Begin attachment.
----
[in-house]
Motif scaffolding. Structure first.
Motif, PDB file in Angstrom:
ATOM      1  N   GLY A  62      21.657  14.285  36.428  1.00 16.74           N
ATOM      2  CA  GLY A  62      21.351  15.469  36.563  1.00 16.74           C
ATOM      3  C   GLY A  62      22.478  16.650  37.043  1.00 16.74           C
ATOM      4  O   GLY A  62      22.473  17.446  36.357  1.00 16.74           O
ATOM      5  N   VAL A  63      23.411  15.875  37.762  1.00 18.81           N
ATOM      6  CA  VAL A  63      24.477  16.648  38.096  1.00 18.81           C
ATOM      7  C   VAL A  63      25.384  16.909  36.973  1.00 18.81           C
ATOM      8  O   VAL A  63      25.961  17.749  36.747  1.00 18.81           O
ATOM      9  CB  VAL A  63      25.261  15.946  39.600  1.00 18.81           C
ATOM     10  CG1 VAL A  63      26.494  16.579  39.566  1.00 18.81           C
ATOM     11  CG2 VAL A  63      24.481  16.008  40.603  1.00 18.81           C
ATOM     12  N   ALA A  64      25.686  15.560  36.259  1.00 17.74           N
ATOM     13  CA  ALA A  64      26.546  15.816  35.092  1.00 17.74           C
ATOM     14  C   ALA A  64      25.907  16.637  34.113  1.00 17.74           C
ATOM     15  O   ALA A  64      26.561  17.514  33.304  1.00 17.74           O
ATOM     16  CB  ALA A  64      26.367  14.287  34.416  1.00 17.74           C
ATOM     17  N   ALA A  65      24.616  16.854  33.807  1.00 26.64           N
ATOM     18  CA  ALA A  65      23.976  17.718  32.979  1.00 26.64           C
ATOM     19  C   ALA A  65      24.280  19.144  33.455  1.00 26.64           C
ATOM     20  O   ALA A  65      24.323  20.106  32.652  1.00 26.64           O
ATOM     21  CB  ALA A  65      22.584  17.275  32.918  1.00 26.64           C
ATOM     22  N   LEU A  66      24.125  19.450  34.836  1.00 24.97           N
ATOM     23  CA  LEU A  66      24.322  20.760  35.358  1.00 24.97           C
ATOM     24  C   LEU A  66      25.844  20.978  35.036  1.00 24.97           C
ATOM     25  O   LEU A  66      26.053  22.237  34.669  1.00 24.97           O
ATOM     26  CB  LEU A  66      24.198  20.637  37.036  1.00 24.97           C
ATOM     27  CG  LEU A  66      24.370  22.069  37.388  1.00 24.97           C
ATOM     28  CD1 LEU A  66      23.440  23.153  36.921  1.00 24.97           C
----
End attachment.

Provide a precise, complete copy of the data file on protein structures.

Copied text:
[in-house]
Motif scaffolding. Structure first.
Motif, PDB file in Angstrom:
ATOM      1  N   GLY A  62      21.657  14.285  36.428  1.00 16.74           N
ATOM      2  CA  GLY A  62      21.351  15.469  36.563  1.00 16.74           C
ATOM      3  C   GLY A  62      22.478  16.650  37.043  1.00 16.74           C
ATOM      4  O   GLY A  62      22.473  17.446  36.357  1.00 16.74           O
ATOM      5  N   VAL A  63      23.411  15.875  37.762  1.00 18.81           N
ATOM      6  CA  VAL A  63      24.477  16.648  38.096  1.00 18.81           C
ATOM      7  C   VAL A  63      25.384  16.909  36.973  1.00 18.81           C
ATOM      8  O   VAL A  63      25.961  17.749  36.747  1.00 18.81           O
ATOM      9  CB  VAL A  63      25.261  15.946  39.600  1.00 18.81           C
ATOM     10  CG1 VAL A  63      26.494  16.579  39.566  1.00 18.81           C
ATOM     11  CG2 VAL A  63      24.481  16.008  40.603  1.00 18.81           C
ATOM     12  N   ALA A  64      25.686  15.560  36.259  1.00 17.74           N
ATOM     13  CA  ALA A  64      26.546  15.816  35.092  1.00 17.74           C
ATOM     14  C   ALA A  64      25.907  16.637  34.113  1.00 17.74           C
ATOM     15  O   ALA A  64      26.561  17.514  33.304  1.00 17.74           O
ATOM     16  CB  ALA A  64      26.367  14.287  34.416  1.00 17.74           C
ATOM     17  N   ALA A  65      24.616  16.854  33.807  1.00 26.64           N
ATOM     18  CA  ALA A  65      23.976  17.718  32.979  1.00 26.64           C
ATOM     19  C   ALA A  65      24.280  19.144  33.455  1.00 26.64           C
ATOM     20  O   ALA A  65      24.323  20.106  32.652  1.00 26.64           O
ATOM     21  CB  ALA A  65      22.584  17.275  32.918  1.00 26.64           C
ATOM     22  N   LEU A  66      24.125  19.450  34.836  1.00 24.97           N
ATOM     23  CA  LEU A  66      24.322  20.760  35.358  1.00 24.97           C
ATOM     24  C   LEU A  66      25.844  20.978  35.036  1.00 24.97           C
ATOM     25  O   LEU A  66      26.053  22.237  34.669  1.00 24.97           O
ATOM     26  CB  LEU A  66      24.198  20.637  37.036  1.00 24.97           C
ATOM     27  CG  LEU A  66      24.370  22.069  37.388  1.00 24.97           C
ATOM     28  CD1 LEU A  66      23.440  23.153  36.921  1.00 24.97           C